Kiwi in the US says claims the world has 'gone back to normal' and left NZ behind after COVID-19 are 'nonsense'

A Kiwi in the United States says claims the rest of the world is opening up amid the COVID-19 pandemic - while New Zealand languishes behind - are false.

Rosie Carnahan-Darby, a producer in the entertainment industry living in Los Angeles, says she's been seeing a lot of comments from New Zealanders saying the rest of the world has "gone back to normal" while we opt for lockdowns and tight restrictions.

But in a post on social media she said from her experience, things are still far from normal - with well over 1000 new cases of the virus in the city each day and myriad restrictions still very much in place.

"After spending 15 months in NZ, we have been back in LA for 6 months. I can count the number of times I have hung out with friends on the fingers of my hands," she wrote.

"Every morning I have to fill in a health declaration for the kids to go to school. They wear masks all day. At lunch they sit behind [perspex] 6 feet from their friends. They even wear masks in PE.

"When a tradie comes to your house, the first exchange you have is 'I am fully vaccinated, but even if you are, can you please keep your mask on as my son is not'. If my 11 year old gets COVID, he could not only get very sick, even with the safety precautions at school he could pass on to his unvaccinated classmates."

Carnahan-Darby says she and her husband, New Zealand comedian and actor Rhys Darby, do take their family out to dinner and gigs - neither of which are options for Kiwis at the moment - but they only feel comfortable doing so because there are mandates in place to stop the spread of COVID-19.

She says restaurants in LA are sparsely spaced and staff are all wearing masks, while gigs require masking and double-vaccination - "so you know the stats are working with you".

"Here in LA County you have to show vaccination certificates to enter venues, bars, restaurants, and you have to be vaccinated to attend school. If you cannot get vaccinated, many of these places will accept a negative COVID test from that day," Carnahan-Darby explained.

She notes there are still well over 1000 cases in LA most days, and they still wouldn't dream of taking their son Theo, who at 11 is too young to be vaccinated, on a plane - so claims things are "back to normal" are wrong.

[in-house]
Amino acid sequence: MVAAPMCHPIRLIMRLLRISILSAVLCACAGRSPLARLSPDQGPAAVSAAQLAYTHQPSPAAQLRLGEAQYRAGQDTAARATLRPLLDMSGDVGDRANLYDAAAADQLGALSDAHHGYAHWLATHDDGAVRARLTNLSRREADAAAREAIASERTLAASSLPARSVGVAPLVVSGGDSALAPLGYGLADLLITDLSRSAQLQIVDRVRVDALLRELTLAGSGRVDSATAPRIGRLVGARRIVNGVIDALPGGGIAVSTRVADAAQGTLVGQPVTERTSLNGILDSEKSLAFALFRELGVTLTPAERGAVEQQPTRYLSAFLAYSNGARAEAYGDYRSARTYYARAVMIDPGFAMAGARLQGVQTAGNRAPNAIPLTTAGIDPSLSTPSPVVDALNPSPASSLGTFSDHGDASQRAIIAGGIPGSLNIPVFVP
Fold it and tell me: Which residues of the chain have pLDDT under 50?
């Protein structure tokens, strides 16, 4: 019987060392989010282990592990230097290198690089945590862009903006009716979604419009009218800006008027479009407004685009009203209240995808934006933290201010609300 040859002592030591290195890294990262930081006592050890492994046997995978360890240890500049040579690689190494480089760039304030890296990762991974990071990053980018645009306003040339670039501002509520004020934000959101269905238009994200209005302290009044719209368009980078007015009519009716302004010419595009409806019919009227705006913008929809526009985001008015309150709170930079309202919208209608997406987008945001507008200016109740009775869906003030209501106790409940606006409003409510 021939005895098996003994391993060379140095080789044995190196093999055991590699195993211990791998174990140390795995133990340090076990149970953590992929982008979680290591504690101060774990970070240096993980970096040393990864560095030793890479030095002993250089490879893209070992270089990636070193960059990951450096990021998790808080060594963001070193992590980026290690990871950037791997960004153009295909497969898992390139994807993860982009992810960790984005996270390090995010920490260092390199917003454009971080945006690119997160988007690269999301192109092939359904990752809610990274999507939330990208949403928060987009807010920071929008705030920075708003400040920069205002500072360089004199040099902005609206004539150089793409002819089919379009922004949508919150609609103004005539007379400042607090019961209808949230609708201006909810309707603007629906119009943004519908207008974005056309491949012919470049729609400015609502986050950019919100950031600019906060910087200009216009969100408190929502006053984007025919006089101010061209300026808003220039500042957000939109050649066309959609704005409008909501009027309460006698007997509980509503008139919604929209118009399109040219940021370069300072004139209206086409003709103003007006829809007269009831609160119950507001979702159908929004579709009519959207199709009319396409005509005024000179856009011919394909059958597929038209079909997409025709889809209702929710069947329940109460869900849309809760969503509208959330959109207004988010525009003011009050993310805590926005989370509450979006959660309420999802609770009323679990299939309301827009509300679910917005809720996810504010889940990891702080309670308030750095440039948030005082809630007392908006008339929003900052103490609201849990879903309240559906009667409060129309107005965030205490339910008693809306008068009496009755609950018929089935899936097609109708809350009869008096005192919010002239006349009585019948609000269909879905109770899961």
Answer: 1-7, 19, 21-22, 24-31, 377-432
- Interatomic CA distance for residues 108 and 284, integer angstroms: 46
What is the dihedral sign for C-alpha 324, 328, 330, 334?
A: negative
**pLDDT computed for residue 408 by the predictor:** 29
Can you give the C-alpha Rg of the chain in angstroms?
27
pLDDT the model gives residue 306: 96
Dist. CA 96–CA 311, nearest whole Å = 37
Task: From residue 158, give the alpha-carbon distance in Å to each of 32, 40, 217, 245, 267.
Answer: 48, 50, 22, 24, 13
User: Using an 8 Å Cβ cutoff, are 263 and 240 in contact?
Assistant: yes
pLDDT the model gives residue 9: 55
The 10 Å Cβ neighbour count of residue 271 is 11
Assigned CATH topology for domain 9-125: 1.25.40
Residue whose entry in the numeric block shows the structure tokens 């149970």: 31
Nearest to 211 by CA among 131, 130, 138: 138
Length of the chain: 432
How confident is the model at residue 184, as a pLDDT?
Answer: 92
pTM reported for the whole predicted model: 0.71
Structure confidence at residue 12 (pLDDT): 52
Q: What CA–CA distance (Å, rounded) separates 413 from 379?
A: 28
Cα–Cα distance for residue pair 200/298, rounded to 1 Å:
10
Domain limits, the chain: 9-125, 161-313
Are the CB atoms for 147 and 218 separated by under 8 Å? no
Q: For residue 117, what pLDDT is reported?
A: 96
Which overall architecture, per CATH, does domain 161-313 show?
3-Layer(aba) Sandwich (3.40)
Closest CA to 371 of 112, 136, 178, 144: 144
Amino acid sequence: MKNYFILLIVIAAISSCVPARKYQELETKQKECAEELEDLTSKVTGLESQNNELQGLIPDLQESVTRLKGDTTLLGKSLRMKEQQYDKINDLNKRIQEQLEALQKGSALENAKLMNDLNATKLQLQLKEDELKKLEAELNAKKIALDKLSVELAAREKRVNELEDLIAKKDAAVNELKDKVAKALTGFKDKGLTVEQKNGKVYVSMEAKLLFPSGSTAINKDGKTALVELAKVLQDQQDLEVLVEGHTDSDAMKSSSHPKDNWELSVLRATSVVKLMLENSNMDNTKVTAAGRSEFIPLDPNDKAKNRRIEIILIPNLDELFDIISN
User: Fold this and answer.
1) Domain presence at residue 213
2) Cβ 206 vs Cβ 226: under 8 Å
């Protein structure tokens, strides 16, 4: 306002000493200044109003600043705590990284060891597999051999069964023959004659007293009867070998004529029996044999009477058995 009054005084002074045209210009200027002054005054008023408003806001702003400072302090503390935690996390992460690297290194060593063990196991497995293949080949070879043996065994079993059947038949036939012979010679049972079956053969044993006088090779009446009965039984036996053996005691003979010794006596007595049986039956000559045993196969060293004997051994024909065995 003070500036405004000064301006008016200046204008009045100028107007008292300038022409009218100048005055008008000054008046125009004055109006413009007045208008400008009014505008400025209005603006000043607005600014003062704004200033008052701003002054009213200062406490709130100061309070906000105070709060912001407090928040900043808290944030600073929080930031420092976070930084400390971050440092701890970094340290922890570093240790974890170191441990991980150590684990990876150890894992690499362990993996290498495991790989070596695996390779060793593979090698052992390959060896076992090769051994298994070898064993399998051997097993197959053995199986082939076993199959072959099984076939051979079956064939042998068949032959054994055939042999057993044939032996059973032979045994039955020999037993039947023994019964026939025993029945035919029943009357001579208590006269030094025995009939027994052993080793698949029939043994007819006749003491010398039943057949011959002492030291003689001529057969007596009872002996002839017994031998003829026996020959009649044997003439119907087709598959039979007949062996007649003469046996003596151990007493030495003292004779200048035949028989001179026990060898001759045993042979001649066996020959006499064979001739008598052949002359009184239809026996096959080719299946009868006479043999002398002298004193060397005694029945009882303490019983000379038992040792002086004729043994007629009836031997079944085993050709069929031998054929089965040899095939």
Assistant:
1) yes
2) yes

"I guess we are living with COVID, but not with any kind of freedom that we had two years ago... So the idea that other governments are just getting on with it is nonsense. To an extent we are, but only for those who are fully vaccinated."

While New Zealand does have coronavirus protocols in place, they have largely succeeded in preventing mass COVID-19 infections and death.

Cases in Aotearoa peaked over the weekend at 206, a record-high here but still well below the vast majority of nations around the world. Just 31 COVID-19-related deaths have been recorded since the pandemic first made it to our shores.

Almost every nation in the world has COVID-19 restrictions of some kind in place, though some are significantly more relaxed than New Zealand's lockdown approach.

In many of the countries with few rules in place, cases are on the rise and an escalation in restrictions is being planned as a result.

In Denmark, which seven weeks ago lifted all coronavirus restrictions and declared the virus "no longer a critical threat", officials are now considering whether to reintroduce some rules as cases and hospitalisations spike again.

The Netherlands and Belgium, too, have reinstated mandatory mask-wearing following a surge in cases, while pressure is building on the UK to bring back some restrictions as cases build there once more.

In New Zealand, COVID-19 cases have been climbing - but as we inch towards our 90 percent vaccination target, restrictions will be relaxed.

Once each region reaches this target, they will move onto the Government's 'traffic light' system - a less restrictive version of the current alert level system that will reward the vaccinated with greater freedoms.